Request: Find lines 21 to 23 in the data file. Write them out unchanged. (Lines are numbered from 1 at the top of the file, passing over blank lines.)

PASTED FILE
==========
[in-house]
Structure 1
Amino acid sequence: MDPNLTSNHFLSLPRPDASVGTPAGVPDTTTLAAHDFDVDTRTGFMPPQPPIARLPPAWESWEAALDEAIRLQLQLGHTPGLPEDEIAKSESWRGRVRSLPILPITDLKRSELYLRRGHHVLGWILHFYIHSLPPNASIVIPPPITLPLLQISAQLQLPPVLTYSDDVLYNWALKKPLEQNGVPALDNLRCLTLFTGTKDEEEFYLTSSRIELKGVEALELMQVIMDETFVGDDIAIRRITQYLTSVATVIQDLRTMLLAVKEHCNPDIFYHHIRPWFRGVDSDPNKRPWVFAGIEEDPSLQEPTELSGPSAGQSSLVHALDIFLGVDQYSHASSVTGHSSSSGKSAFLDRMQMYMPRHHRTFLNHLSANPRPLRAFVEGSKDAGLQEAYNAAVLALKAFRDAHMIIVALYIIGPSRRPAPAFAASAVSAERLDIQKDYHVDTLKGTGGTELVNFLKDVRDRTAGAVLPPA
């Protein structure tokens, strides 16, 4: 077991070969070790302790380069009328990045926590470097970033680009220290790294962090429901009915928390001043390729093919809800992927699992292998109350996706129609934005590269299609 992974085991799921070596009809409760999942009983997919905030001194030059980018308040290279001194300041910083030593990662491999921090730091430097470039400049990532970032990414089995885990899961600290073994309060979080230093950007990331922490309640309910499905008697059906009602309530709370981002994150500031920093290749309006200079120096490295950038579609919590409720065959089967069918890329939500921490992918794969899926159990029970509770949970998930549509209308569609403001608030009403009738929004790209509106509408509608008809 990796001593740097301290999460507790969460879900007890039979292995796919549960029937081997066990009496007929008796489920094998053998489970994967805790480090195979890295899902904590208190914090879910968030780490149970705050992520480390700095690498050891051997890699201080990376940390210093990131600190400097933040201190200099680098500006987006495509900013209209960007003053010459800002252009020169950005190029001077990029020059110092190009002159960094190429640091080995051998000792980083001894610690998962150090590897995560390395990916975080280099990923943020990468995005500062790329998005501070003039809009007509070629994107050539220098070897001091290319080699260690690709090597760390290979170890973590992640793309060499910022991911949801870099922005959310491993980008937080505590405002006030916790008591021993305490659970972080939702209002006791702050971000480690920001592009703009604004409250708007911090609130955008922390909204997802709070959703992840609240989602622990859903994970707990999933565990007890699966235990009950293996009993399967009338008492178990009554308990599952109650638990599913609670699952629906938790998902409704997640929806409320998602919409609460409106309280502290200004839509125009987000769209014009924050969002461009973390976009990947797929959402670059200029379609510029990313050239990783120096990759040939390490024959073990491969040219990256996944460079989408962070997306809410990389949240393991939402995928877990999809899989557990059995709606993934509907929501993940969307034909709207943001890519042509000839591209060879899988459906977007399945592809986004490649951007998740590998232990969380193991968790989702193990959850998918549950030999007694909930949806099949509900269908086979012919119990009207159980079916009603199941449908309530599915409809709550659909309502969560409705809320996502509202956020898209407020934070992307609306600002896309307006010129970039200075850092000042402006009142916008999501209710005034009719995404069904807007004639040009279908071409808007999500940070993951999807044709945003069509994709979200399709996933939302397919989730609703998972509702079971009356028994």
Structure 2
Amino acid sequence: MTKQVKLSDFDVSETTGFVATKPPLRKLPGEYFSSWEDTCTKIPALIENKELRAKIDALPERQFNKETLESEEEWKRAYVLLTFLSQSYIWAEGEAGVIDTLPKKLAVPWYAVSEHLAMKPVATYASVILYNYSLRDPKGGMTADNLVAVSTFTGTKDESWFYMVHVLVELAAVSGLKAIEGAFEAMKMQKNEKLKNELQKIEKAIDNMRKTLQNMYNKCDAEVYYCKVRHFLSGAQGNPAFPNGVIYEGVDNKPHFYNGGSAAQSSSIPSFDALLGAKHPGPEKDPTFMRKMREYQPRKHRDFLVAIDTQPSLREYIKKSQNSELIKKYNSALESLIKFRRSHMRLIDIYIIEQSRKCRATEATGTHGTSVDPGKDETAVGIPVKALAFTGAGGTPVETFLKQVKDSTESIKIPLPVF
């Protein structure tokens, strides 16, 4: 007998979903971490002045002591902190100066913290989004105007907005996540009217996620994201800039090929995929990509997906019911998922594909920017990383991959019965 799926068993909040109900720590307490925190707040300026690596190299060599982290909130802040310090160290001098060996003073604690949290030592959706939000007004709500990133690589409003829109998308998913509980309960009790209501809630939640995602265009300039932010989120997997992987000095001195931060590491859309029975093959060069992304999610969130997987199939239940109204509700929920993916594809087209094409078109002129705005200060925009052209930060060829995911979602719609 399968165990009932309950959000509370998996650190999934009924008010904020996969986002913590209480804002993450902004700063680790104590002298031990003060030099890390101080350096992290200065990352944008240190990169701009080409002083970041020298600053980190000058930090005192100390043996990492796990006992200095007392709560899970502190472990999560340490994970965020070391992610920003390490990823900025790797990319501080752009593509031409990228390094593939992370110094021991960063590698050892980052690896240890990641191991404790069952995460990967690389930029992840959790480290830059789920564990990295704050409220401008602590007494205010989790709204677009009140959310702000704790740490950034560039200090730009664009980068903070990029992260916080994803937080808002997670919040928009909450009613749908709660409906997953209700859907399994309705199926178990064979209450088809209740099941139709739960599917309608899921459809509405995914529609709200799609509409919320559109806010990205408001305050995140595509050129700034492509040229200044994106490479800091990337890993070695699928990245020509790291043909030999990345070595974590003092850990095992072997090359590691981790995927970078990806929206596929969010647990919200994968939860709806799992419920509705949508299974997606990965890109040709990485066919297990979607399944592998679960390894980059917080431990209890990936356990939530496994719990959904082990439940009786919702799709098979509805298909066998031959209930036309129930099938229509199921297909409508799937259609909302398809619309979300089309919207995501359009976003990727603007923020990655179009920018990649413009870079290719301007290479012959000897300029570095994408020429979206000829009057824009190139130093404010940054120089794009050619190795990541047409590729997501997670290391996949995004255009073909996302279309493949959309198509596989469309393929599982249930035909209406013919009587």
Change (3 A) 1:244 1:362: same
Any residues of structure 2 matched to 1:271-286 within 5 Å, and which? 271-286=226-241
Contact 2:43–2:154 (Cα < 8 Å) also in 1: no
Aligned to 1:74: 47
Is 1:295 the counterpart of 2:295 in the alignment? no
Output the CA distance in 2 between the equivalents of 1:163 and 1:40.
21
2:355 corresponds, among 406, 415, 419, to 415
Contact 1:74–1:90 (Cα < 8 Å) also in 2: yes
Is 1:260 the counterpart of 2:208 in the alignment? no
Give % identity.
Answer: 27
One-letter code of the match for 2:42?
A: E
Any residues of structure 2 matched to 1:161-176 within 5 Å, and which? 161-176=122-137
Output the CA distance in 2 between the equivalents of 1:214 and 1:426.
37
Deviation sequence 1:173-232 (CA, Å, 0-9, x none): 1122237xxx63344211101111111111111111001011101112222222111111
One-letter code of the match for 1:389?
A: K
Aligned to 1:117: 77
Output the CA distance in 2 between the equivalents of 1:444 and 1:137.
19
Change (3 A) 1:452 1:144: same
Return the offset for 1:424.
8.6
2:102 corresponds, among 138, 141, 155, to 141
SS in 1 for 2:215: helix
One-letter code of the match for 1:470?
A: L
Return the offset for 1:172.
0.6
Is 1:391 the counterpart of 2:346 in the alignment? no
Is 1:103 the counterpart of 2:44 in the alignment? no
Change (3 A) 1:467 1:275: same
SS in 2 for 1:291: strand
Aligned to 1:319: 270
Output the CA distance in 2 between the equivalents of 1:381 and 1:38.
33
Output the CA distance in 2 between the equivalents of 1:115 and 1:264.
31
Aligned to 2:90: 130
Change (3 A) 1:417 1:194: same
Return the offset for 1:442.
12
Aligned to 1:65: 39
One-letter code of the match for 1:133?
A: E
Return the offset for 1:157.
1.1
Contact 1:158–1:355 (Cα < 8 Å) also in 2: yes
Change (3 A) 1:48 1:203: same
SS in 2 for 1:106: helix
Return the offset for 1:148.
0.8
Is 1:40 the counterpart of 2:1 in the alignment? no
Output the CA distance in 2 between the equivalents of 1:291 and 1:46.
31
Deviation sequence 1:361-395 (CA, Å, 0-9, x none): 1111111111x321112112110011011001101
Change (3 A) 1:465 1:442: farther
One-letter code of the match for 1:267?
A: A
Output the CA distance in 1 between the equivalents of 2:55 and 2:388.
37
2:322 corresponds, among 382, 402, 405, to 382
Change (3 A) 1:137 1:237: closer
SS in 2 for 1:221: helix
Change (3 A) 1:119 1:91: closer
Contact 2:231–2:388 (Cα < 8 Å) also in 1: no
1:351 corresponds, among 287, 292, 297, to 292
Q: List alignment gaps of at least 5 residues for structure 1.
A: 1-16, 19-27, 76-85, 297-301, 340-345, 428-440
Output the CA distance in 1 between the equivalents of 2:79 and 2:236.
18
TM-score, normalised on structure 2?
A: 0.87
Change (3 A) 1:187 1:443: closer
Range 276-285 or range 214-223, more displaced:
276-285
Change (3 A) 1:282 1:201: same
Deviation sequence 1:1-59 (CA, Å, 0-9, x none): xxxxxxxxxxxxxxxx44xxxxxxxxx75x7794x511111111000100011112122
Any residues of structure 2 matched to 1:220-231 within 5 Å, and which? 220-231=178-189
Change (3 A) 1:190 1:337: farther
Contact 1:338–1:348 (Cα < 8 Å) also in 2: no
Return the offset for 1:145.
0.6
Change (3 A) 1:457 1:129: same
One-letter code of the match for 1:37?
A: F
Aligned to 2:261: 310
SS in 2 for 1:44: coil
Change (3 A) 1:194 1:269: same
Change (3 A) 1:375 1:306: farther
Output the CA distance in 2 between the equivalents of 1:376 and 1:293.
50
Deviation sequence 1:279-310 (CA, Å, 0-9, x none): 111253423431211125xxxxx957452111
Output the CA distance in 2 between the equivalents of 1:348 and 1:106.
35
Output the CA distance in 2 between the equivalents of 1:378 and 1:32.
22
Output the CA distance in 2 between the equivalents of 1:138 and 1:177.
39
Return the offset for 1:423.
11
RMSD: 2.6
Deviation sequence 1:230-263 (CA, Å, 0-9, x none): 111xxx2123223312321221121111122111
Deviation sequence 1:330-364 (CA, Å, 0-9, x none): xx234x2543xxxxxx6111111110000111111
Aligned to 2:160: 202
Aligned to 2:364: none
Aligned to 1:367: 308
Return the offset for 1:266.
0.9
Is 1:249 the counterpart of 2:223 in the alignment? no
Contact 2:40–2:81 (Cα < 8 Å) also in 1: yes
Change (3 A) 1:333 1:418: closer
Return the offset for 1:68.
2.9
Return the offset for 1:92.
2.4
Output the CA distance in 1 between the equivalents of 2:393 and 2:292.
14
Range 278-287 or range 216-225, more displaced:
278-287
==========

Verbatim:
A: E
Any residues of structure 2 matched to 1:161-176 within 5 Å, and which? 161-176=122-137
Output the CA distance in 2 between the equivalents of 1:214 and 1:426.